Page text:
Surprise. Guess who’s back?

The masks may be familiar, but this is a whole new cast of characters. I don’t want to give away story beats before they happen, but I think now is a good time to speak about the origins of Mercy’s Kill.

Like every other element in Unlife, Mercy’s Kill started with the question “Where do real life and zombie lore intersect?” This has always been the richest place to mine from, and when Mercy’s Kill was being developed… well, I want to say it was when there was a lot of violence motivated by hate, but using the past tense is inappropriate. This shit is disturbingly present in the US, and if we’re trying to be realistic, it’s probably safe to assume zombies would suffer the same fate. So who would be the first to put a gun to a zombies’ head?

A zombie hunter.

But that’s not enough for our story. The thing is, zombie hunters are normally good guys who shoot monsters. Monsters with no personality, aside from the drive to consume and destroy. So when the heroes of your story are those very same “monsters”, the implementation of the hunter characters becomes trickier. Applying them in a way that is tactful, powerful, and appropriate to the world, the story, and the tone of the piece is difficult, and though I know Unlife can sometimes feel like a gloom parade, it doesn’t mean I just throw random dark elements at you guys without considering whether it will play well into the story.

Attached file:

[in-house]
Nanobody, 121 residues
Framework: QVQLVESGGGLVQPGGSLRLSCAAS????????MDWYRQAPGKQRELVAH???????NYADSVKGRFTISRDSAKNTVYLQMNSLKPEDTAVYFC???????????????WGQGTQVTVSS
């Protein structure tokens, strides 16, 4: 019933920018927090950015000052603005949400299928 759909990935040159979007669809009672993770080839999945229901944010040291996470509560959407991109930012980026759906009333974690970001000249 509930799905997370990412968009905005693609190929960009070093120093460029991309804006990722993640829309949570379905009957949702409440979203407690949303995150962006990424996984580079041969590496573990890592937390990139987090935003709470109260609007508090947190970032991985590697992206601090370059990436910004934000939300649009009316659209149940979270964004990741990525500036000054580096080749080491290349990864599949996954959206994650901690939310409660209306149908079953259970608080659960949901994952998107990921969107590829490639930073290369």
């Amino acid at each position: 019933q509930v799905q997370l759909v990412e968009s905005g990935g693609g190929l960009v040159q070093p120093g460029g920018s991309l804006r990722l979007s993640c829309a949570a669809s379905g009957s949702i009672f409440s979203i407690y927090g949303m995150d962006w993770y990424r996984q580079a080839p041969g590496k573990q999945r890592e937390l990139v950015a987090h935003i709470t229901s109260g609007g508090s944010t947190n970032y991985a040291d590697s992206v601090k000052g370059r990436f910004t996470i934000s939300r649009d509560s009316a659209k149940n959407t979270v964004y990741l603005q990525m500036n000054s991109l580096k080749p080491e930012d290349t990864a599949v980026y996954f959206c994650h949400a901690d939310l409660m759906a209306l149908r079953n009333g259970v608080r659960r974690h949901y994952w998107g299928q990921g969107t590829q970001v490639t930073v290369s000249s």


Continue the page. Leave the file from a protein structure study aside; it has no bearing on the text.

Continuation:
My main problem with the zombie hunters was how to balance characters and caricatures. As I pointed out, our main characters are not the monsters. But that doesn’t mean their adversaries are by default. On the one hand, if they’re just stupid, hateful bigots, they are no more than a threatening blob with no individual personalities, which is a no-no for me. Everyone, good or bad, is a person in Unlife, with a background and history that shapes who they are.

That said, going too far in the other direction can be just as much of a problem. Too much sympathetic background, and our zombie hunters would no longer read as adversaries. And that would be a problem, because this isn’t their story (though, they would probably argue otherwise). They are the latest challenge facing our heroes, pushing them, standing in their way, and asking James how hard he’s willing to push back.

I’m hesitant to call them, or anyone else in Unlife, a villain. They’re antagonists. Adversaries. The opposition. Not mustache twirlers, but people who struggle with their own pain and hold their own beliefs, which happen to run against James’ own. We all face people like this in life. I’ve known people whose ideas led them down darker paths. I have yet to meet or see anyone I would flat out call evil, and I think most people would say the same. But that doesn’t mean it’s not important to stand against those darker paths when we see someone straying that way.

I hope we managed to walk that line correctly with Mercy’s Kill. I suppose we’ll have to wait and see what their presence will augur. Their motivations, who they are, what they want, and what they’re willing to do to get it will unfold as Unlife’s story does. But like the unending violence and bigotry in this country, it’s not going away any time soon.

So what are we willing to do to fight back?